‘Dark matter’ in cat genomes may shed light on human disease

While dogs are man’s best friend, cats are more genetically similar to humans than almost any other mammal, according to a researcher and her team at the University of Missouri. The findings, published today in Trends in Genetics, come from decades of genomic DNA sequencing by Leslie Lyons, a Gilbreath-McLorn-sponsored professor of comparative medicine at the MU College of Veterinary Medicine.

“Comparative genetics can play a key role in precision medicine and translational medicine, particularly in inherited diseases that affect both cats and humans, such as polycystic kidney disease and hypertrophic cardiomyopathy,” said Lyons. “Anything we as researchers can learn about identifying the causes of genetic diseases in cats or treating them can be useful in treating people with the same disease.”

As DNA sequencing technology has improved over time, Lyons and her team have created an almost 100% complete arrangement of the cat genome for mice or dogs.

Lyons explains that of the 3 billion DNA base pairs that make up the mammalian genome, only 2% of DNA is encoded in proteins that help our bodies perform natural functions. “Dark matter” DNA, or 98% of DNA with no apparent functions, can play a regulatory role in turning certain genes on or off, but this role is not fully understood by researchers.

“We want to find the regulatory elements in dark matter that may have specific DNA that turns our genes on or off, and since cats have a genome very similar to humans, dark matter is arranged in a similar way,” said Lyon . “By better understanding the cat genome, we can try to target and find these regulatory sequences and then possibly develop therapies that turn these sequences on or off. If we can turn off an entire gene, maybe we can turn off an entire cancer or disease that caused the genetic mutation in the first place. “

Lyon’s research improves animal welfare by discovering genetic mutations that cause disease. In a previous study, she found a specific mutation in a domestic cat in the gene responsible for Chediak-Higashi syndrome, a rare disease in both cats and humans that weakens the immune system and makes the body more susceptible to infection. Their research is also helpful in preventing hereditary diseases from being passed on to future generations.

“In most rare diseases, we get pretty good at finding genes where there is a single mutation that causes something good or bad, but the most common diseases in the general public, such as asthma, diabetes, obesity, high blood pressure, and allergies . are often more complex, ”said Lyons. “Since these are all common diseases that affect both cats and humans, more research comparing the feline and human genomes may one day help us understand what different genes and mechanisms work together to create these complex diseases.”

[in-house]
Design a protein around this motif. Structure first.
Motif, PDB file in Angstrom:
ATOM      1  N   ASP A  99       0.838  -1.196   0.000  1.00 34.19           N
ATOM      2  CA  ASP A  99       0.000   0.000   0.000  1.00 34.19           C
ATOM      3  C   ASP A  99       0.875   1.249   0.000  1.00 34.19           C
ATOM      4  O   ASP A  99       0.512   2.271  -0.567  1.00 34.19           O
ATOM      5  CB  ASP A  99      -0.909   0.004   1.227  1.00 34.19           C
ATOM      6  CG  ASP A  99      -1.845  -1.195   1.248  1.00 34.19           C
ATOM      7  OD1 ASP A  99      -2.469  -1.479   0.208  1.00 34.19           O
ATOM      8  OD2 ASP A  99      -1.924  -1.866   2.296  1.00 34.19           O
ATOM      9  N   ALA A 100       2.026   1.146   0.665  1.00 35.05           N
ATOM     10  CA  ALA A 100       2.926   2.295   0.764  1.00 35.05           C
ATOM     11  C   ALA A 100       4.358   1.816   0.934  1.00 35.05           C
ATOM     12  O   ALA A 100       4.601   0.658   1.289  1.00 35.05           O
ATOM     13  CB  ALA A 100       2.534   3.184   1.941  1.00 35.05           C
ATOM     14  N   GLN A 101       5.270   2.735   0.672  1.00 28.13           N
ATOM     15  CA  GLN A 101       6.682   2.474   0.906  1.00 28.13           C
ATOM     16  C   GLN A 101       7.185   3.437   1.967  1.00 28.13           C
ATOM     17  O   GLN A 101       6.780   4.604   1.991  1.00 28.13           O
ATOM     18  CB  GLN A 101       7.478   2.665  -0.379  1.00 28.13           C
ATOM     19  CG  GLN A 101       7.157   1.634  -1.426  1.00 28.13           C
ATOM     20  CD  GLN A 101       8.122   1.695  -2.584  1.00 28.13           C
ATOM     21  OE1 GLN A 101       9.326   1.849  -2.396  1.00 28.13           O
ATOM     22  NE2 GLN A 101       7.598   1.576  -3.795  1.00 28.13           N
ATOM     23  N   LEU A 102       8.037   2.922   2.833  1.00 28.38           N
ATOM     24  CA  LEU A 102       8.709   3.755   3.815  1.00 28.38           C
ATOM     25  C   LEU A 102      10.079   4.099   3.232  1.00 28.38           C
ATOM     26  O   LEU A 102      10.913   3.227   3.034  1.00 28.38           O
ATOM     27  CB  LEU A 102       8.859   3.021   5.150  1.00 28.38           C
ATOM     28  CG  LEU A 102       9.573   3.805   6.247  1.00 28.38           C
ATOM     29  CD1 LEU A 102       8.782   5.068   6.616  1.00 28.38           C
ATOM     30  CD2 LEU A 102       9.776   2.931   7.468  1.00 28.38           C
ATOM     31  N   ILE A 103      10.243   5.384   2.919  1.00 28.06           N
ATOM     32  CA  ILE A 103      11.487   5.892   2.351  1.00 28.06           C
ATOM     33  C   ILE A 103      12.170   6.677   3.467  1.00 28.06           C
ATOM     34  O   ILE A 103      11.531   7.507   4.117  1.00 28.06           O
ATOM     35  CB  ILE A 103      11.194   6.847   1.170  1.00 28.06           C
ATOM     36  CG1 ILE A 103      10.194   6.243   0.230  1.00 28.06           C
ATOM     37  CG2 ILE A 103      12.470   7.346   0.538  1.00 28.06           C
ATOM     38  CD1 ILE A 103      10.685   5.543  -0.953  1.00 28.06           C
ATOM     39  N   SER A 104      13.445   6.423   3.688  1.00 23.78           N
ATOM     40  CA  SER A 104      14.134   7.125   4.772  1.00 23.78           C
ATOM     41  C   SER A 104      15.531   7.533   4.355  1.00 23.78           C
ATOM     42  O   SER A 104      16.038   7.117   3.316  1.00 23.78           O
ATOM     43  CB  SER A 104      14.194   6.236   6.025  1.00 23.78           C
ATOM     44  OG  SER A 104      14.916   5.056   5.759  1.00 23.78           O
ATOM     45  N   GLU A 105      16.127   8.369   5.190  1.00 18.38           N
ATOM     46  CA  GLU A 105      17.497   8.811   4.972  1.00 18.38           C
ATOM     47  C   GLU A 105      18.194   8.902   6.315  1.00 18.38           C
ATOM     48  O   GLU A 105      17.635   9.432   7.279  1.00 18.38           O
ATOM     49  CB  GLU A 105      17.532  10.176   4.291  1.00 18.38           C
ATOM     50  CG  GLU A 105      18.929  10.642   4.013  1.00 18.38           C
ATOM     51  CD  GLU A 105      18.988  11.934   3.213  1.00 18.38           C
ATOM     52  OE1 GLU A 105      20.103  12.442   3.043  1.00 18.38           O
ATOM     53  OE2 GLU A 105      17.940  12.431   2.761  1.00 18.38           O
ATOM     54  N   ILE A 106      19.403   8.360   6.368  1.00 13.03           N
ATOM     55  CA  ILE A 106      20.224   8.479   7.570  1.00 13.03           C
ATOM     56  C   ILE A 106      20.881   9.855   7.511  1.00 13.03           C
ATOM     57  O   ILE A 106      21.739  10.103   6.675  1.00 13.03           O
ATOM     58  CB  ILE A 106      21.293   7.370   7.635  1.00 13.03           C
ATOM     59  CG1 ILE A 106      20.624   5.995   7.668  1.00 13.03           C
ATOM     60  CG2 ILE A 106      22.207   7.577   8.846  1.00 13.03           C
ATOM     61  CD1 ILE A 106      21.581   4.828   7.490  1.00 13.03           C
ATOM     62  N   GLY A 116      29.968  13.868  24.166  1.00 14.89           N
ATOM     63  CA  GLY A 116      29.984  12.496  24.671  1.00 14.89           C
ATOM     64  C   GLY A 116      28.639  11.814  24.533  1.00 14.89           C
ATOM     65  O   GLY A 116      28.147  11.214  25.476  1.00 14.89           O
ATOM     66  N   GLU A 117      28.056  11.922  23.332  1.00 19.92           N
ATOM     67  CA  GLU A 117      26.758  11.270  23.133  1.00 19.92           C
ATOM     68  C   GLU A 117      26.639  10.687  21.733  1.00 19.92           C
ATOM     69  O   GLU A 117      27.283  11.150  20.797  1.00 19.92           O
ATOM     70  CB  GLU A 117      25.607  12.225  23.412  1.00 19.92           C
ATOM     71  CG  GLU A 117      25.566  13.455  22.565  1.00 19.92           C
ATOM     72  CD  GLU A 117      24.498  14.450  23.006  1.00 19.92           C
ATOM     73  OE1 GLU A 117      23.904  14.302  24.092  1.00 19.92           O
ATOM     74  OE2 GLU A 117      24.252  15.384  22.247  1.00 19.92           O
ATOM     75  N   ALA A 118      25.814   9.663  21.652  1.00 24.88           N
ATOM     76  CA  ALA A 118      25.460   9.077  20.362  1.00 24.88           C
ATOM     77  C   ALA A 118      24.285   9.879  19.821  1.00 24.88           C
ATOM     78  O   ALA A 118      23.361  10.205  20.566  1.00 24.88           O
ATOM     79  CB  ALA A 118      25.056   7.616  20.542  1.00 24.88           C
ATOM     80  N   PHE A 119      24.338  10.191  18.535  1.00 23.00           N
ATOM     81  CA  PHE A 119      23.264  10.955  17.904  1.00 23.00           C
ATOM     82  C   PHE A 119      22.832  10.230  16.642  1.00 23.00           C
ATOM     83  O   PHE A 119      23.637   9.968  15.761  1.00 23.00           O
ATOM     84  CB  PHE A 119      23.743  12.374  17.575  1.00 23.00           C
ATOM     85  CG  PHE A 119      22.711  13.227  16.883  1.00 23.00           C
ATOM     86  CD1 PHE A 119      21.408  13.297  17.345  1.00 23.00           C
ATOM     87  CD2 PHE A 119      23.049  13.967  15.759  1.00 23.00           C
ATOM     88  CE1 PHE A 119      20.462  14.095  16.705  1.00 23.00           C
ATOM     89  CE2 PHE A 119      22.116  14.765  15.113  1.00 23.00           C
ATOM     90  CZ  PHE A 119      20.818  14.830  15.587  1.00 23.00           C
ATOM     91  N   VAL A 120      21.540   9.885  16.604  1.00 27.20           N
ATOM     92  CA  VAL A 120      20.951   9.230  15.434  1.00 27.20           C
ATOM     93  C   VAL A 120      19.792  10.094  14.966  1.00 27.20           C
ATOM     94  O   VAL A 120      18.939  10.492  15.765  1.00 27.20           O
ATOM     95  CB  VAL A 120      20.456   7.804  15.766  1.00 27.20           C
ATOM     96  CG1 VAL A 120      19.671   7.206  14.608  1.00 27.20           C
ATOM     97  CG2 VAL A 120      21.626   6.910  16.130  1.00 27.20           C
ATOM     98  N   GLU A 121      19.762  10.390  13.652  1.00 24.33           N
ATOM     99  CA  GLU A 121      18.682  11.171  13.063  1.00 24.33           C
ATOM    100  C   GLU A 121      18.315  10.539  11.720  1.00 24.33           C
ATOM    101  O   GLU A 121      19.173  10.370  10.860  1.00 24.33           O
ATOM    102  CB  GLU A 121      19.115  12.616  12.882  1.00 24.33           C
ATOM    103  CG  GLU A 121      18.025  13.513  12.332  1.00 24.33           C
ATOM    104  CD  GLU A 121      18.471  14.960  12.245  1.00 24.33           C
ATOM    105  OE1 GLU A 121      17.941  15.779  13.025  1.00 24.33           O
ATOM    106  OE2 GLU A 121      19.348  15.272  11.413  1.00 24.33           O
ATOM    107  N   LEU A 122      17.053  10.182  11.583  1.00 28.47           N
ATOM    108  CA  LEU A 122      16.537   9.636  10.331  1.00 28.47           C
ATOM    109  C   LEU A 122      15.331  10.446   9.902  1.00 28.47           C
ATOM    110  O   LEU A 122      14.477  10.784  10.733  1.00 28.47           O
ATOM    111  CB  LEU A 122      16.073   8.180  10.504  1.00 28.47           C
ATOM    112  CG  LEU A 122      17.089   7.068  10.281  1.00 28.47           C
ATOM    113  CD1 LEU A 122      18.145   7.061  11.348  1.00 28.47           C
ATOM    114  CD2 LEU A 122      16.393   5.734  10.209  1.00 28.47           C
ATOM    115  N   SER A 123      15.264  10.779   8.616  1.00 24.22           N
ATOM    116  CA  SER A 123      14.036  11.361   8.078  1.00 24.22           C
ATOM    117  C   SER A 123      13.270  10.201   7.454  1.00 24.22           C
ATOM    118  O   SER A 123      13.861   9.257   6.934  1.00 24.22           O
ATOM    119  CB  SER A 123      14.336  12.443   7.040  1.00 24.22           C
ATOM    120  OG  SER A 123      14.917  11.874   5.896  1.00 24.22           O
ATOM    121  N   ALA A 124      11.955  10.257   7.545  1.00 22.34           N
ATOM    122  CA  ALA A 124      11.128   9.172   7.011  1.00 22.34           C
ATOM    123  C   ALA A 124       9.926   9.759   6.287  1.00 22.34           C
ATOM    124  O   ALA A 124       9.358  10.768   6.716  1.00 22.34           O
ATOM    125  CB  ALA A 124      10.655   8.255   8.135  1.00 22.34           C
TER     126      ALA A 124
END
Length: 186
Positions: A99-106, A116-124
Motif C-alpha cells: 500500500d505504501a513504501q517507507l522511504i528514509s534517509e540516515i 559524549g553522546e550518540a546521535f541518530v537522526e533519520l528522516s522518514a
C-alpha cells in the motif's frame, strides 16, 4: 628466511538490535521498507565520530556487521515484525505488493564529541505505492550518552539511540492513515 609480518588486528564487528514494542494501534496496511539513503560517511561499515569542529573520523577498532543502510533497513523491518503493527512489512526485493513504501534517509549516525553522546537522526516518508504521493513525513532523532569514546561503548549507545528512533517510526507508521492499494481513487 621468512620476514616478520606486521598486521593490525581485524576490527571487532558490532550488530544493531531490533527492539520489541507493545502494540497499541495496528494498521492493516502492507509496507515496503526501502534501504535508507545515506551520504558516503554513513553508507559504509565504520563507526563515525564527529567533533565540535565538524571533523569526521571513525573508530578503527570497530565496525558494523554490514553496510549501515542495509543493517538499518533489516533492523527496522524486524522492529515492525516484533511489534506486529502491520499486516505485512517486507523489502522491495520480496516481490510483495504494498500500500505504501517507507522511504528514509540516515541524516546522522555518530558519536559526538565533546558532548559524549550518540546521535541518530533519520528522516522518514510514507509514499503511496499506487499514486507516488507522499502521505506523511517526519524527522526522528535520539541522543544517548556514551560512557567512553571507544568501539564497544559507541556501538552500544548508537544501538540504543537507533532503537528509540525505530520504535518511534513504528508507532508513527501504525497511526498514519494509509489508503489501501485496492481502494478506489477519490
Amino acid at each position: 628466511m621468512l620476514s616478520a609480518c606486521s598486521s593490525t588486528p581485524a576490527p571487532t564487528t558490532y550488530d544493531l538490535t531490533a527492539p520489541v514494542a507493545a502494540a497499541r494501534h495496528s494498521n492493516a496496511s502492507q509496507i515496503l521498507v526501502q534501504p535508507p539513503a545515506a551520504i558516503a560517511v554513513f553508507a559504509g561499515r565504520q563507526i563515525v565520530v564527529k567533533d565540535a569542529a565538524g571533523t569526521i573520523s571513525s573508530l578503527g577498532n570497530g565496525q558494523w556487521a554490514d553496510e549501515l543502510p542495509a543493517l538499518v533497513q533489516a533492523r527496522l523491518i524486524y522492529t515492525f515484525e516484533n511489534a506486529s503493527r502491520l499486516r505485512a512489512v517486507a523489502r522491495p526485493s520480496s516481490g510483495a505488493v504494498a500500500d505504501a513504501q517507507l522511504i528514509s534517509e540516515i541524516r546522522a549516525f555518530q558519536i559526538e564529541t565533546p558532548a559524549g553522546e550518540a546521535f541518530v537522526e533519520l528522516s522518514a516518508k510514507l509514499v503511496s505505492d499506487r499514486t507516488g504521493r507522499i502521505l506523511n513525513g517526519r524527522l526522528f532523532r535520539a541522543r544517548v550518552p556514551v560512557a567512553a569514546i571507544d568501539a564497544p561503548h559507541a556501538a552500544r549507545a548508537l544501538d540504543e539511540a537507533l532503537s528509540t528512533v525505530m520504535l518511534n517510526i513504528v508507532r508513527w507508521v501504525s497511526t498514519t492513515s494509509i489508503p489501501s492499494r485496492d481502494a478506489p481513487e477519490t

Lyons added that the COVID-19 pandemic underscores the importance of translational medicine. In addition to the coronavirus that causes COVID-19 in humans, it also causes infectious peritonitis in cats, which can be fatal.

“A few years ago we learned that the drug Remdesivir was effective in curing cats from infectious peritonitis in cats,” said Lyons. “When the pandemic started, we knew we could consider treating people with COVID-19 because the receptors for the virus are similar in cats and humans.”

More research is needed as questions remain to be investigated, Lyons said.

Leslie Lyons is a Gilbreath-McLorn-sponsored Professor of Comparative Medicine at the MU College of Veterinary Medicine.

“There is still a lot we don’t know, including why some cats get very sick and others don’t?” Said Lyon. “Why do some people die of COVID-19 while others show no symptoms? A better understanding of the cat’s biology and genetic makeup will help us to better understand human biology as well. “

Precision medicine will be a key component of the NextGen Precision Health Initiative, helping accelerate breakthroughs for patients in Missouri and beyond. Lyons is passionate about the role of feline genetics in precision medicine by laying the groundwork for tailor-made, specific treatments to suit the individual genetic makeup of the patient, whether the patient has two or four legs.

“Our overall goal is to make cats healthier by alleviating genetic problems and using this information to educate human medicine based on our findings,” said Lyons. “Our work can also help ensure that hereditary diseases in cats are not passed on to their offspring.”

“Cats – Telomere to Telomere and Nose to Tail” was published in Trends in Genetics today. Co-authors are William Murphy of Texas A&M and Wes Warren of MU.

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